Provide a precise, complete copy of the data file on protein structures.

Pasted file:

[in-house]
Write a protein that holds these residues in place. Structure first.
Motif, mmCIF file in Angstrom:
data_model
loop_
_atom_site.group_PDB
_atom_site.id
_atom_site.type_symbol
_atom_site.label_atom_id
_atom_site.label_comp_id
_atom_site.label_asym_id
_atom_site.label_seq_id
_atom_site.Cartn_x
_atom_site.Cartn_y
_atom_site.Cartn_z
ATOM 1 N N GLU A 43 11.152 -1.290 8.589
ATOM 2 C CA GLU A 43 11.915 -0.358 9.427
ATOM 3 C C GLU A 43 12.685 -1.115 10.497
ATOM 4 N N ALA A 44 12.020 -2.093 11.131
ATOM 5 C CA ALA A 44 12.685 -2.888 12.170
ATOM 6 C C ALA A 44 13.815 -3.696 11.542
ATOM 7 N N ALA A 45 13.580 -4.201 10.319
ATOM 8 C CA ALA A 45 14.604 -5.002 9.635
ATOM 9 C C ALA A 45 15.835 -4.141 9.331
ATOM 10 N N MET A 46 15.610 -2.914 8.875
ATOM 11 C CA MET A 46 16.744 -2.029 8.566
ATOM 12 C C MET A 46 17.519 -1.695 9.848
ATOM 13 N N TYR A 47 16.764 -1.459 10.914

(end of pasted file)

[in-house]
Write a protein that holds these residues in place. Structure first.
Motif, mmCIF file in Angstrom:
data_model
loop_
_atom_site.group_PDB
_atom_site.id
_atom_site.type_symbol
_atom_site.label_atom_id
_atom_site.label_comp_id
_atom_site.label_asym_id
_atom_site.label_seq_id
_atom_site.Cartn_x
_atom_site.Cartn_y
_atom_site.Cartn_z
ATOM 1 N N GLU A 43 11.152 -1.290 8.589
ATOM 2 C CA GLU A 43 11.915 -0.358 9.427
ATOM 3 C C GLU A 43 12.685 -1.115 10.497
ATOM 4 N N ALA A 44 12.020 -2.093 11.131
ATOM 5 C CA ALA A 44 12.685 -2.888 12.170
ATOM 6 C C ALA A 44 13.815 -3.696 11.542
ATOM 7 N N ALA A 45 13.580 -4.201 10.319
ATOM 8 C CA ALA A 45 14.604 -5.002 9.635
ATOM 9 C C ALA A 45 15.835 -4.141 9.331
ATOM 10 N N MET A 46 15.610 -2.914 8.875
ATOM 11 C CA MET A 46 16.744 -2.029 8.566
ATOM 12 C C MET A 46 17.519 -1.695 9.848
ATOM 13 N N TYR A 47 16.764 -1.459 10.914